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NEWS UPDATES Asean Affairs        13  May 2011

Microfinance increases in Cambodia

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Commercial banks in Cambodia said Thursday they welcome a larger role for microfinance institutions (MFI) in thecountry, following an announcement that the National Bank of Cambodia had granted a deposit licence to VisionFund Cambodia.

VisionFund is at least the seventh MFI to receive a deposit licence, and has announced interest rates on certain deposits as high as 10 percent – higher than what many commercial banks offer in Cambodia.

But commercial banking officials say MFIs target different markets, and offer a way to extend banking to Cambodia’s large unbanked population.

ACLEDA Bank President In Channy said he applauded the decision to grant deposit licences to MFIs.

“If more MFIs can receive deposit taking licenses from the NBC, it means they can increase the flow of money into the financial system.”

Rather than people storing money at home, it could be put to use in loans, which generate revenue, he said.

“It is good for the whole industry, because MFIs have a lot of branches at the grassroots level, which can broadly mobilise funds.”

Although ACLEDA has the largest network of branches in Cambodia, In Channy downplayed competition concerns, claiming increased choice was important for customers.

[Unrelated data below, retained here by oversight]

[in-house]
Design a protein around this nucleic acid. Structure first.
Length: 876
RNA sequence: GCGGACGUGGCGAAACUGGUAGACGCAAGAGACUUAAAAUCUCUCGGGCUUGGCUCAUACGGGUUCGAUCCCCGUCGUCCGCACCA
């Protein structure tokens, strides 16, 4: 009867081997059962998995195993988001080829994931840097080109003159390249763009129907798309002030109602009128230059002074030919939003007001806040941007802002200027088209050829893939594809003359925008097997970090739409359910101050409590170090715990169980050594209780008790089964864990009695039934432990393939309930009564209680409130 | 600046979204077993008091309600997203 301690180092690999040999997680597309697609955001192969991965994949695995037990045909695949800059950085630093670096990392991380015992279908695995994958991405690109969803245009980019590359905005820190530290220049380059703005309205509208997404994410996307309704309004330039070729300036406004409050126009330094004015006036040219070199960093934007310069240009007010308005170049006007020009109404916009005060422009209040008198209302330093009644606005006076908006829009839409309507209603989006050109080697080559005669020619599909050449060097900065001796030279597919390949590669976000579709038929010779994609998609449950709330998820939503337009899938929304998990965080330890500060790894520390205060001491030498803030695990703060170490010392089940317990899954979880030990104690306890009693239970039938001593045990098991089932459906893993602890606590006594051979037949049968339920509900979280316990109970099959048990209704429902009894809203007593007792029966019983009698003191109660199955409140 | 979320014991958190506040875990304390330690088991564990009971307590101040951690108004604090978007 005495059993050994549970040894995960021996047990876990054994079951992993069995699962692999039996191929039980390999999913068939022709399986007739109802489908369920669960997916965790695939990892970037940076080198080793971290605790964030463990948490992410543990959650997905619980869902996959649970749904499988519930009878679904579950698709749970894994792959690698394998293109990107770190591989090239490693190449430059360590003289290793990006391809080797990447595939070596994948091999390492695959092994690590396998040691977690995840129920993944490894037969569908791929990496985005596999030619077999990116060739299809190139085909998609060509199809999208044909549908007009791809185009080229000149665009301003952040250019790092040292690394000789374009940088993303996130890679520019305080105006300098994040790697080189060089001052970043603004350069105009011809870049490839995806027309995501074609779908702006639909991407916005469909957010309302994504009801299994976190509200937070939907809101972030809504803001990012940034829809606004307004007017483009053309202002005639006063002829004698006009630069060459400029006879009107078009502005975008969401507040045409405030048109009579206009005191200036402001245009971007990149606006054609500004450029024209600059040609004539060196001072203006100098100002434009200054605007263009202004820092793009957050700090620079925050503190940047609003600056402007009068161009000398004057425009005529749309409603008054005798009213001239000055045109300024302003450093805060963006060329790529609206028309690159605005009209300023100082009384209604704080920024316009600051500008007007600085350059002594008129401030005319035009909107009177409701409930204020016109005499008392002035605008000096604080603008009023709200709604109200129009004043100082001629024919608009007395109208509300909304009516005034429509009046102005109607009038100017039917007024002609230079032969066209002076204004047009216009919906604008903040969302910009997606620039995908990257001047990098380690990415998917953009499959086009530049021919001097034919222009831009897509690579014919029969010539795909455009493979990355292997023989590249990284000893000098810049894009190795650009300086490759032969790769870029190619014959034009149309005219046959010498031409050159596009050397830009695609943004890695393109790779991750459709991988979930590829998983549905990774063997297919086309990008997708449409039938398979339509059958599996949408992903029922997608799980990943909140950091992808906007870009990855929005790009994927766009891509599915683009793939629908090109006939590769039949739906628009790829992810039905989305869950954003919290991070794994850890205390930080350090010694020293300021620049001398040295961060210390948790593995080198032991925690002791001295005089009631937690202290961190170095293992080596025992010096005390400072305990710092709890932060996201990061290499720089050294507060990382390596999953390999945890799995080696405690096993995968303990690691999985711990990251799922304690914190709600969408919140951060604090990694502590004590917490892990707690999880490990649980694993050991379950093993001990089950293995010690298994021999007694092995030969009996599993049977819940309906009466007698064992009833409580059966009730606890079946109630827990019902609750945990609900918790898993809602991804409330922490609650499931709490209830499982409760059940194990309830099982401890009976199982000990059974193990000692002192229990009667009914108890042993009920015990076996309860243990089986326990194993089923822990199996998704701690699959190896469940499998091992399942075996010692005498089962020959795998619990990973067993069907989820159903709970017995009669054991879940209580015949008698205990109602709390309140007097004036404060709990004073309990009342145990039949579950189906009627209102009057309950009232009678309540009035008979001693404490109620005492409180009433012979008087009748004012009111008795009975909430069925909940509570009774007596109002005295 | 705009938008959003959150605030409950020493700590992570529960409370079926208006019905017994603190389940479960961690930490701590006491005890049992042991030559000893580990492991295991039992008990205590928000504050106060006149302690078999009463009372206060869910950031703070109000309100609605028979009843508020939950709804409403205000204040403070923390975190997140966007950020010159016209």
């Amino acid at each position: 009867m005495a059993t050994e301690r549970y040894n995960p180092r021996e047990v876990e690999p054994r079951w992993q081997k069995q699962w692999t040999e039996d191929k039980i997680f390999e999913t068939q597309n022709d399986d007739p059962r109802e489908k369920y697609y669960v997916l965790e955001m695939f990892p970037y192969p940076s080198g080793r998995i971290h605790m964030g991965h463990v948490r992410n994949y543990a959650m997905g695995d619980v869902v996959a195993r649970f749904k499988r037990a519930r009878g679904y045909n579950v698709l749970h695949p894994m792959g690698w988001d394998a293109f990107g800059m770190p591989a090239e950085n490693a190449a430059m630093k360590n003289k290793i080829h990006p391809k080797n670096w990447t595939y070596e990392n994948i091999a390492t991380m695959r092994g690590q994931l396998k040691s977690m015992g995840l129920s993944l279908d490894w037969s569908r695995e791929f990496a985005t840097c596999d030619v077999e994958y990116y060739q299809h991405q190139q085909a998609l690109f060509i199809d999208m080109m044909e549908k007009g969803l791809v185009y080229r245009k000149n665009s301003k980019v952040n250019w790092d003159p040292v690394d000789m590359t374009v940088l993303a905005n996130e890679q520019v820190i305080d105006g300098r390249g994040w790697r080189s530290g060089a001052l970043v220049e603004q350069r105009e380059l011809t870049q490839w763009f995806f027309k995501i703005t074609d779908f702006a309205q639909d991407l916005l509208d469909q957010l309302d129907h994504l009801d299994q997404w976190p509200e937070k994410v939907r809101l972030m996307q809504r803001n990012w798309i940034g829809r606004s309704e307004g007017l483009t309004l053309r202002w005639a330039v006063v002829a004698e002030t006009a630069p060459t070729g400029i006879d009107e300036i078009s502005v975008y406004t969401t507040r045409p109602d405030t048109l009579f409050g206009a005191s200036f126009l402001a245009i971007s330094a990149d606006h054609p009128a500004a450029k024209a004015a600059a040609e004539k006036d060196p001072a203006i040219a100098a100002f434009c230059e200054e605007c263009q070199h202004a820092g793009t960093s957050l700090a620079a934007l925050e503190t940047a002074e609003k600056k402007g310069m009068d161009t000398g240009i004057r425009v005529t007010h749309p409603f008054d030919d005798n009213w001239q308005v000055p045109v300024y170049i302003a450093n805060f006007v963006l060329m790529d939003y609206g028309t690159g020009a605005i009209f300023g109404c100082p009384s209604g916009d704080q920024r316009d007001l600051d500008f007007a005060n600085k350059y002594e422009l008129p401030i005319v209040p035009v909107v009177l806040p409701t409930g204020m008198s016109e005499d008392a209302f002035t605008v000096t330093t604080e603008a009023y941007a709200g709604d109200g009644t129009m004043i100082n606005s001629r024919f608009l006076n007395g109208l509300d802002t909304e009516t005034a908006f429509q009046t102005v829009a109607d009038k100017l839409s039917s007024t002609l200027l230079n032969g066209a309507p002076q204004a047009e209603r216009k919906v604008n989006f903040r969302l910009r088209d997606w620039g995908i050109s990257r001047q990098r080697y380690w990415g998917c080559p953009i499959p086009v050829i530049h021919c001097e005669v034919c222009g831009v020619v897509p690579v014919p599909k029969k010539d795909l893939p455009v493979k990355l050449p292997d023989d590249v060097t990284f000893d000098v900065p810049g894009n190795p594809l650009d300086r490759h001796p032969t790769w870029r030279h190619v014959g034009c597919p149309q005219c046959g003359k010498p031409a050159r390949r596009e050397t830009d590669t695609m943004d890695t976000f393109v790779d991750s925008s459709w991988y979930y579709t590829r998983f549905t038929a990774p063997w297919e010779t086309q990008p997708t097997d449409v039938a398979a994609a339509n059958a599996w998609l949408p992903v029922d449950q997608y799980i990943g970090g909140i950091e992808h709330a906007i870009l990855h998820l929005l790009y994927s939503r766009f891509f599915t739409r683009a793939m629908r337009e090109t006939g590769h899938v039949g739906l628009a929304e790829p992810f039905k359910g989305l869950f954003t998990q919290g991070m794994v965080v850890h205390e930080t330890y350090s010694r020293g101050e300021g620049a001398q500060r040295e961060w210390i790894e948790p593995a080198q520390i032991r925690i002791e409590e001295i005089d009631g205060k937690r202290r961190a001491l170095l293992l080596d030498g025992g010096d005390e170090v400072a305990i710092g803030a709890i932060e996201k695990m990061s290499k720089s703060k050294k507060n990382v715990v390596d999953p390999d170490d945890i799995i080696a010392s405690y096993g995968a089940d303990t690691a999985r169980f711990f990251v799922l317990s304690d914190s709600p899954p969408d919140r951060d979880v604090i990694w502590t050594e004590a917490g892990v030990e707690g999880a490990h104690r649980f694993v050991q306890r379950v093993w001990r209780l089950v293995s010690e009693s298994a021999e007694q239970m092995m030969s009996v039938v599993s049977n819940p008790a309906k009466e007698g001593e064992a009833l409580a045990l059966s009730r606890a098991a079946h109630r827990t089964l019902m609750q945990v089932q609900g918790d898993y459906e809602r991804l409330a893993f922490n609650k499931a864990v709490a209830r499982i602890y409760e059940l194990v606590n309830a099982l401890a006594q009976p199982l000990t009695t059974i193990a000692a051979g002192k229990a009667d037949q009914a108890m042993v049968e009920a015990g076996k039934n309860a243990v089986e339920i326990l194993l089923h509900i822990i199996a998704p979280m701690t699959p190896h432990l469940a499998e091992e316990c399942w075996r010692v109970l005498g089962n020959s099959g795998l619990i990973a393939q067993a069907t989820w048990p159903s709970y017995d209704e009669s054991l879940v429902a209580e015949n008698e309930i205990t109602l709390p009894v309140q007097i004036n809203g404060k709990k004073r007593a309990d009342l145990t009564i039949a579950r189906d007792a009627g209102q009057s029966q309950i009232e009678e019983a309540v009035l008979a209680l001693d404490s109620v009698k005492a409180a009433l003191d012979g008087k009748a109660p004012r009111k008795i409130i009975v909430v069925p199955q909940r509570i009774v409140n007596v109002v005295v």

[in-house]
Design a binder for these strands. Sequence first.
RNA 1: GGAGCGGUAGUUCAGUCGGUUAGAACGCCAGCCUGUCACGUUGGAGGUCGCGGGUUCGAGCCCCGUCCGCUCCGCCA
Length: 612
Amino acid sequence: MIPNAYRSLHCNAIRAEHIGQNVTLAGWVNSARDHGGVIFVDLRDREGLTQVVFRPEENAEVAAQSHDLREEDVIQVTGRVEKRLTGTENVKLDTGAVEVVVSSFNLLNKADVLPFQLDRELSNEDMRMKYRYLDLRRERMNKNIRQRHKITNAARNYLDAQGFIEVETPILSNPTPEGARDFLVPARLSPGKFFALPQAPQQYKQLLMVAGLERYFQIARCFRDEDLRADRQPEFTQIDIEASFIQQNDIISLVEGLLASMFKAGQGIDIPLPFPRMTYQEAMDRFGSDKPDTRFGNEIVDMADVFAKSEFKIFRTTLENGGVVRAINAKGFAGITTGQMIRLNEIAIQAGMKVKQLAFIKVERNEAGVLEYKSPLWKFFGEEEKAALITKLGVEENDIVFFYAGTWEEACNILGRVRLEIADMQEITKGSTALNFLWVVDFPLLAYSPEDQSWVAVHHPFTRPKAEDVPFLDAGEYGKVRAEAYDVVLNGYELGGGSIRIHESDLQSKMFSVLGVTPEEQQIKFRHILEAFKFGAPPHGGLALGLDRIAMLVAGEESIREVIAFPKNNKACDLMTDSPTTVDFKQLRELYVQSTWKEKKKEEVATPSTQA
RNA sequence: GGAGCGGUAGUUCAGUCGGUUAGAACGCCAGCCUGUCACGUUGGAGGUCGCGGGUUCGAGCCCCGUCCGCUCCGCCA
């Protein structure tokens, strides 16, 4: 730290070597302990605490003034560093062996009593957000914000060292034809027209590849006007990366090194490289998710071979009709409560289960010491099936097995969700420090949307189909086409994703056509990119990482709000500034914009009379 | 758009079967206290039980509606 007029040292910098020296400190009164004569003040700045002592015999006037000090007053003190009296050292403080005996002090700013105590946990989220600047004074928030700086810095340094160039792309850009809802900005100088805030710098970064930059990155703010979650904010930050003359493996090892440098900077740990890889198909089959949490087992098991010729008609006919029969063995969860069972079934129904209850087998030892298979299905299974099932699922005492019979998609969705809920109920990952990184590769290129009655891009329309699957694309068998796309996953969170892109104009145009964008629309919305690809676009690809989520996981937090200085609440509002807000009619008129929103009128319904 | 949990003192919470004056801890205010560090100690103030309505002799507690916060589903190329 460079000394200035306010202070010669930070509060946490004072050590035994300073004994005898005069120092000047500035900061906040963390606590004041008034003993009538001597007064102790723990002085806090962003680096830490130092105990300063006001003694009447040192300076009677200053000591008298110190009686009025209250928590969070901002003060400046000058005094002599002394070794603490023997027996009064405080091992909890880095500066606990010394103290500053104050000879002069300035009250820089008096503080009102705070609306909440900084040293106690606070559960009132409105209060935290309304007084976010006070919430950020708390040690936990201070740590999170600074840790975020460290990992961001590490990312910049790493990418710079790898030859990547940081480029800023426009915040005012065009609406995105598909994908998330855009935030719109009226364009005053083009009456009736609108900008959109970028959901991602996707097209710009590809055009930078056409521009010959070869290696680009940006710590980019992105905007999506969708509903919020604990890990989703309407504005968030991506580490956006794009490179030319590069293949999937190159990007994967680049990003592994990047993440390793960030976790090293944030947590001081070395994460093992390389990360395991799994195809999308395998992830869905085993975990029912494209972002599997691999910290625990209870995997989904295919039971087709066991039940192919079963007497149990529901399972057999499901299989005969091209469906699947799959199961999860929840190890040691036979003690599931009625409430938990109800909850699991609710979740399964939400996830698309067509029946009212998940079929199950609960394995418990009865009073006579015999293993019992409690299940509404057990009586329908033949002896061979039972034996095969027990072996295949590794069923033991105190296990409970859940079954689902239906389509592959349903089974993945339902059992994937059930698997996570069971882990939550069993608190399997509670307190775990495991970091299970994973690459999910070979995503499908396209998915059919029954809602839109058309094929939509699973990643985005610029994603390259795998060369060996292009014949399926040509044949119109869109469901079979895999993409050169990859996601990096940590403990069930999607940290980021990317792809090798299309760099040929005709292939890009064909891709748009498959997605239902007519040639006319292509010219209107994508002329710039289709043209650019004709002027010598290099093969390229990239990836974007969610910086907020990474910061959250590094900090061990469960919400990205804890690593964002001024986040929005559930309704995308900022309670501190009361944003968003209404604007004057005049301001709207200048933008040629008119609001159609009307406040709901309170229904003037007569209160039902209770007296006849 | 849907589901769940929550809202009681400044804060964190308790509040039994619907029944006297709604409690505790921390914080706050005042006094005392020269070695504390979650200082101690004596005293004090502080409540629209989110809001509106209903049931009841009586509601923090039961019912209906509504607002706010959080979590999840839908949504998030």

An NBC prakas, on licensing of microfinance deposit-taking institutions, requires the institution to have minimum paid-up capital equal to 10 billion riel (US$2.4 million), along with strong financial conditions and sound management.

So far, at least seven MFIs have received deposit licences - Amret, Sathapana, Hattha Kaksekar, AMK, Credit, Prasac and now Vision Fund, according to Cambodian Microfinance Association Chairman Chea Phalarin.

He said it was important to build customers’ confidence to increase deposits at MFIs, adding they were already on the upswing.

Competition among MFIs was starting to grow, he said.

“The more competition, the more improvements the sector tries. The more competition, the more benefits customers receive,” he said.

Canadia Bank Vice President Dieter Billmeier also said he encourage more MFIs to upgrade their businesses.

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It is commonplace in journalism to write two types of articles at the transition point between the year that has passed and the New Year. As this writer qualifies as an “old hand” in observing Thailand with a track record dating back 14 years, it is time take a shot at what may unfold in Thailand in 2011.

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